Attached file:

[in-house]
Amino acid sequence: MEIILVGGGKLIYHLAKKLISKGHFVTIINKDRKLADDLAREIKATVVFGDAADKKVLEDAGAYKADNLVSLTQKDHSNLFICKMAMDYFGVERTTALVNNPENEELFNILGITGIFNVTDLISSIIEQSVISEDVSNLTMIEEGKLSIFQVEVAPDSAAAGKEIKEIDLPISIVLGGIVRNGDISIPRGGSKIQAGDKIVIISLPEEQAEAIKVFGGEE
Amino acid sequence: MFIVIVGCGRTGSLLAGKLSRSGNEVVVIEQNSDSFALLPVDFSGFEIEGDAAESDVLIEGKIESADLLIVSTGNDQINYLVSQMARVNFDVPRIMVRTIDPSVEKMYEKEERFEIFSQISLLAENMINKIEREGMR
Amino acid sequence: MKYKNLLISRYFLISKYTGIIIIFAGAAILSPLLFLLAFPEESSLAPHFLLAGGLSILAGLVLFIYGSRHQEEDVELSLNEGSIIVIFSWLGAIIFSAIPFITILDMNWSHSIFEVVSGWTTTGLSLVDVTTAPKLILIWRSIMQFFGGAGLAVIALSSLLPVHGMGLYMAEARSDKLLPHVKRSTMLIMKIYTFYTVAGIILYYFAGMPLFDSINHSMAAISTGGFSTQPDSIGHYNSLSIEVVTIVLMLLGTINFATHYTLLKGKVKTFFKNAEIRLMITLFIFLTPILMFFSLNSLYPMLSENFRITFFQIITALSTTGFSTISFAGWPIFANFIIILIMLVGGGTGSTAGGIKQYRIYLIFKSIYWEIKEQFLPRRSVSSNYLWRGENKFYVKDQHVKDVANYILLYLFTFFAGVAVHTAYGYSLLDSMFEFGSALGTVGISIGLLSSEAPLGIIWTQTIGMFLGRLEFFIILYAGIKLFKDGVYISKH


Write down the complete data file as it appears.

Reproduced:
[in-house]
Amino acid sequence: MEIILVGGGKLIYHLAKKLISKGHFVTIINKDRKLADDLAREIKATVVFGDAADKKVLEDAGAYKADNLVSLTQKDHSNLFICKMAMDYFGVERTTALVNNPENEELFNILGITGIFNVTDLISSIIEQSVISEDVSNLTMIEEGKLSIFQVEVAPDSAAAGKEIKEIDLPISIVLGGIVRNGDISIPRGGSKIQAGDKIVIISLPEEQAEAIKVFGGEE
Amino acid sequence: MFIVIVGCGRTGSLLAGKLSRSGNEVVVIEQNSDSFALLPVDFSGFEIEGDAAESDVLIEGKIESADLLIVSTGNDQINYLVSQMARVNFDVPRIMVRTIDPSVEKMYEKEERFEIFSQISLLAENMINKIEREGMR
Amino acid sequence: MKYKNLLISRYFLISKYTGIIIIFAGAAILSPLLFLLAFPEESSLAPHFLLAGGLSILAGLVLFIYGSRHQEEDVELSLNEGSIIVIFSWLGAIIFSAIPFITILDMNWSHSIFEVVSGWTTTGLSLVDVTTAPKLILIWRSIMQFFGGAGLAVIALSSLLPVHGMGLYMAEARSDKLLPHVKRSTMLIMKIYTFYTVAGIILYYFAGMPLFDSINHSMAAISTGGFSTQPDSIGHYNSLSIEVVTIVLMLLGTINFATHYTLLKGKVKTFFKNAEIRLMITLFIFLTPILMFFSLNSLYPMLSENFRITFFQIITALSTTGFSTISFAGWPIFANFIIILIMLVGGGTGSTAGGIKQYRIYLIFKSIYWEIKEQFLPRRSVSSNYLWRGENKFYVKDQHVKDVANYILLYLFTFFAGVAVHTAYGYSLLDSMFEFGSALGTVGISIGLLSSEAPLGIIWTQTIGMFLGRLEFFIILYAGIKLFKDGVYISKH